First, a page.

Monthly Archives: May 2013

My beer with Mike…

I was hoping this was online, but I can’t seem to locate it — so I’ll post the story here.

Some context: after Duffy’s appearance at the Legion in early 2011 to stump for local Conservative nomination candidate Paul Throop, several of us sat around one of the tables at the Legion for a couple of beers while the Duffster regaled us with tales of the old days — completely off-the-record, of course…

This morning, in light of this, I’m trying to remember who the heck paid the tab…

Anyway, here’s the story I wrote at the time (in the Feb. 2, 2011 edition of the E-B), including one of those quotes that always comes back to haunt the individuals who say them…

Senator stumps Simcoe-Grey for Con nominee

COLLINGWOOD — Senator Mike Duffy has just come from having a haircut at Frank’s Barbershop, just up the street from the Enterprise-Bulleitn.
Frank “wouldn’t let me pay,” he says with mock indignation, before launching into a tale of one of the successes he’s had in his short time in politics — multi-million-dollar infrastructure funding for a college in Charlottetown, Prince Edward Island, his home province.
Public service, he says, has been an eyeopener for a guy who spent about 40 years in journalism.
“It was only after (his appointment, in December, 2008), that I realized the good feeling one gets from so-called public service,” he said. “It’s the little things… that you use to help people.
“For all that I do for P.E.I, I get a great sense of satisfaction. I didn’t really think about it (before his appointment), that I would get that kind of gratification.”
While Duffy is normally criss-crossing the country, speaking at Conservative fundraisers, this time he’s in Simcoe-Grey for a special reason. He’s here stumping for Paul Throop, one of the three candidates for the Conservative nomination in Simcoe-Grey.
He’s known ‘Boomer’ — Throop’s nickname from his downhill ski racing days — for about 30 years, “and he’s the kind of person (the riding) needs right now.”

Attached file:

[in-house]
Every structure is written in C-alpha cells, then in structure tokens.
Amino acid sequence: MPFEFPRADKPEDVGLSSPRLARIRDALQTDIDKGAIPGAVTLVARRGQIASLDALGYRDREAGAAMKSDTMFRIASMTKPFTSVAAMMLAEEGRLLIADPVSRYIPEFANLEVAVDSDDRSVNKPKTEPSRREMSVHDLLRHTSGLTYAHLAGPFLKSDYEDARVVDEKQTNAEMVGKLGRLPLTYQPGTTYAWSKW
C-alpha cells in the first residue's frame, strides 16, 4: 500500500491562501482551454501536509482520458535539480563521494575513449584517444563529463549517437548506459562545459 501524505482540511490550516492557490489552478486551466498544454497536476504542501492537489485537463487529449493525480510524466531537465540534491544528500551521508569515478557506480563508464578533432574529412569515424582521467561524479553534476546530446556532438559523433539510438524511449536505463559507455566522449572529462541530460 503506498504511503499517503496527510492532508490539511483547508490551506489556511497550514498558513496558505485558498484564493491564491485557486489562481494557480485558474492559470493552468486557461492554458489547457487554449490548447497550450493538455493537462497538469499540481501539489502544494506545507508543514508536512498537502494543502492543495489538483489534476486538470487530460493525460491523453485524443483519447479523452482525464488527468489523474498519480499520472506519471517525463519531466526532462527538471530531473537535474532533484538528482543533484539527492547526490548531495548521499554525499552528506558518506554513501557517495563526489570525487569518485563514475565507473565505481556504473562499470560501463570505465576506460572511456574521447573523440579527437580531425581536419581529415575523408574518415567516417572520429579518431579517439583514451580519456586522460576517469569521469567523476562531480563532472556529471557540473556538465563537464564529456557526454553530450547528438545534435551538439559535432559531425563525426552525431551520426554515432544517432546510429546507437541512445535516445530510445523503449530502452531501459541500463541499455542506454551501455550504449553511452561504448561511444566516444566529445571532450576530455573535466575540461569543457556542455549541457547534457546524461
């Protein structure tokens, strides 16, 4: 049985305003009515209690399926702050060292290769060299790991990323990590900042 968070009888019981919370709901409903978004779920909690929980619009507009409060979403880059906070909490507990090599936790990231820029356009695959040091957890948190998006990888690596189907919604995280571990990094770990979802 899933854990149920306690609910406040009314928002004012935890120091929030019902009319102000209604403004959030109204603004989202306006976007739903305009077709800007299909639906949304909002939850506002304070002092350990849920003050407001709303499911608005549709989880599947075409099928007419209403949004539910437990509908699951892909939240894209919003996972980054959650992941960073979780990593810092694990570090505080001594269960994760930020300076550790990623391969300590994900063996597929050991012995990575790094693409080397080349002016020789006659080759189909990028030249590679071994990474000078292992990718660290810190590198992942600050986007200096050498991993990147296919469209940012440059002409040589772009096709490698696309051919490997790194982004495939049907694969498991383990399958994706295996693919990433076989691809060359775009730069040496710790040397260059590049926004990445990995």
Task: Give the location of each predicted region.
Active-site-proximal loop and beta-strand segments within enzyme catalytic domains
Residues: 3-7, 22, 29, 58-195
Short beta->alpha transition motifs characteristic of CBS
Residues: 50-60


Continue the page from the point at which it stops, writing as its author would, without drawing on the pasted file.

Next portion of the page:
Duffy made an appearance at the Nottawasaga Inn for lunch ( “It was a really huge crowd,” he said), and was making a second appearance at the Royal Canadian Legion in Collingwood in the evening.
Duffy was last in the area about this time last year, for a fundraiser for Simcoe-Grey Conservatives. Back then, of course, the Conservative Member of Parliament was Helena Guergis.
“What happened to Helena was unfortunate,” he muses.
He laughs when NDP leader Jack Layton’s suggestion is brought up about banning senators from fundraising for their parties. “There’s something called the Charter of Rights,” says Duffy. “Plus, we have a pretty onerous code of ethics.”
He says for all the negative comments about Conservatives, it’s still the party that gave women the right to vote, created the public broadcaster, and introduced simultaneous English-French translation in the House of Commons.
But he always brings the topic of the conversation back to Throop.
“Paul knows all the stuff (in Ottawa), because he’s been around forever,” says Duffy, referring to Throop’s six years as part of Peter MacKay’s political staff, and lengthy service with the party.
“When he gets there, and I hope he does, we will be the person to get results,” he says. “He knows how the system works.”
When the matter of how hotly contested this race is, between Sick Kids surgeon Kellie Leitch, and former Collingwood mayor Chris Carrier, Duffy dances around the subject for a bit.
However, he acknowledges, the issue of local politicians — and letters of endorsement — are not playing well. “People are quite appalled because the area is getting a bad rap,” he said.
The line-up of current municipal politicians who have publicly backed other candidates — mostly Leitch — is “shortsighted.
“In politics, there is a hierarchical arrangement of municipal, provincial and federal government… and it would not be a wise person who takes sides in this thing.”
Duffy notes the reason the campaign has reached the fervour it has is the “Toronto approach.
“You’ve got the people who got the money and think they’ve got the expertise… and my fear is the people will not be well-served.
“This (being a public servant) is a tough job, and if you’re not in it for the right reasons, then you could end up in a situation where other things take importance,” he said. “You have to respect the sensibilities and sensitivities of this region.”
Which, again, brings the conversation back to Throop.
“You have to have someone who understands (Ottawa) already, and they’re prepare to listen (to constituents),” said Duffy. “You see a number of people come into politics who think everybody should be grateful they’re there.
“People are not well served when there’s that disconnect… and what you need in difficult times is someone with empathy.
And with that, Throop stands, anxious to get Duffy to the legion — they’re going to be late — but it’s clear the senator is now in his element, and he can’t help but swap journalism stories.